It may make more sense for many small businesses to rent software applications. Why own it? It may make more sense for many small businesses to rent software applications.
If you stop and look at the investments associated with the software applications needed to run your business, there can be a lot of hidden costs: licensing, installation, configuring, upgrading, and maintenance.
One way to reduce software application costs is to rent applications when it makes sense. For example, if you purchase Microsoft’s Office 2000, the price is $499 per user for small businesses, according to the company’s Web site.
On the other hand, according to the Application Rental Guide, you can rent Office 2000 for free or for no more than $19.95 per month, depending on which provider you chose. Or, you might also choose to use some of the other Microsoft Office-compatible suites, such as Applixware, which are also available for free.
As long as you can save business documents locally and exchange them with colleagues and business partners, there’s no reason to purchased and maintain your office productivity suite.
The same holds true for other types of business software. Suppose you use Peachtree’s accounting software. You can purchase it for $170 or rent it monthly from the company for $9.95. If you plan to stick with Peachtree over the long term, renting it might make sense, as you wouldn’t have to worry about upgrades and maintenance–just about backing up your data locally.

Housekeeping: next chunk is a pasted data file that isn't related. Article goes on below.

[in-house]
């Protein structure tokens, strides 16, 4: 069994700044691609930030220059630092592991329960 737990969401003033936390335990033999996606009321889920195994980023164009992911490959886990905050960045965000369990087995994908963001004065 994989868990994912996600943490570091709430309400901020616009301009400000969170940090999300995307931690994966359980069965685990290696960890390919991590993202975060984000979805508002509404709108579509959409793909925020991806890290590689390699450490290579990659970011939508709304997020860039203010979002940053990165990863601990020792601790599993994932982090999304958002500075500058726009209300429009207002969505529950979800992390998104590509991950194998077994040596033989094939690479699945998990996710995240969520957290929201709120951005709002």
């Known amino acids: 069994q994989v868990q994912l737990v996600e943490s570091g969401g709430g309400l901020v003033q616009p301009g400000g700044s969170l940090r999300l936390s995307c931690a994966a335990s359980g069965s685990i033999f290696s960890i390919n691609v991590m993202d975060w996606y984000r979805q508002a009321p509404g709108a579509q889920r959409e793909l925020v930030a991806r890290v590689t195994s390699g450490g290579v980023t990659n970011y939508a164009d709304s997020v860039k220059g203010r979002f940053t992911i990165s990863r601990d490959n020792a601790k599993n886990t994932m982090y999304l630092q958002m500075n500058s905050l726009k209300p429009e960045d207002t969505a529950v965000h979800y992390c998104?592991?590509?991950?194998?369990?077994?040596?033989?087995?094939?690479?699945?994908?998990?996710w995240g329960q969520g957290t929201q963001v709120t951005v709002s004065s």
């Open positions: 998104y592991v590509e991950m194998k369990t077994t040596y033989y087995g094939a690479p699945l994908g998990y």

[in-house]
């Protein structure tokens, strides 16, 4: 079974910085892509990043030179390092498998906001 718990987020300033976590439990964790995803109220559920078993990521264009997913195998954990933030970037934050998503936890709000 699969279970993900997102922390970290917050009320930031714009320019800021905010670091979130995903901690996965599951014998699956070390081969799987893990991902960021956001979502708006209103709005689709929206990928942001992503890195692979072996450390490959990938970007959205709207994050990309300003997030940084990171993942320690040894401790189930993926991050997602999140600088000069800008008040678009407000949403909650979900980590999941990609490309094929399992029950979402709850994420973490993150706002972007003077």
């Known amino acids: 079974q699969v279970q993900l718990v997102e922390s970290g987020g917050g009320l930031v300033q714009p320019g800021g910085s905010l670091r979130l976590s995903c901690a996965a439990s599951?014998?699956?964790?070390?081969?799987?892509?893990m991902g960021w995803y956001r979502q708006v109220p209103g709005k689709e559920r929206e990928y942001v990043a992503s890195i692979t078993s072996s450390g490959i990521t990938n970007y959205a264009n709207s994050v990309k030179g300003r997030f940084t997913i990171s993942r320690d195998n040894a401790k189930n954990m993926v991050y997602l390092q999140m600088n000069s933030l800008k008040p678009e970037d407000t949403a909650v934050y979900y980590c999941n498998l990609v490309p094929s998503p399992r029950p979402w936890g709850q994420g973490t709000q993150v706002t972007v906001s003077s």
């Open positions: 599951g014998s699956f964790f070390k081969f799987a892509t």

Another area where renting applications often beats out buying is customer relationship management (CRM). CRM software can be tricky to set up, and products span a wide array of price points. Also, the CRM market is going through a shakeout, making it very difficult to predict which vendor’s product will last.
Check out this site for CRM solutions that are available for rent (and that allow you to keep your data locally). Packages range from no cost to several thousand dollars per year, and everything in between. Many offer trial periods.
Have you tried renting business software? Is there an instance where you would not want to rent? Write to me.
Contributing Editor Maggie Biggs has more than 15 years of business and IT experience in the financial sector.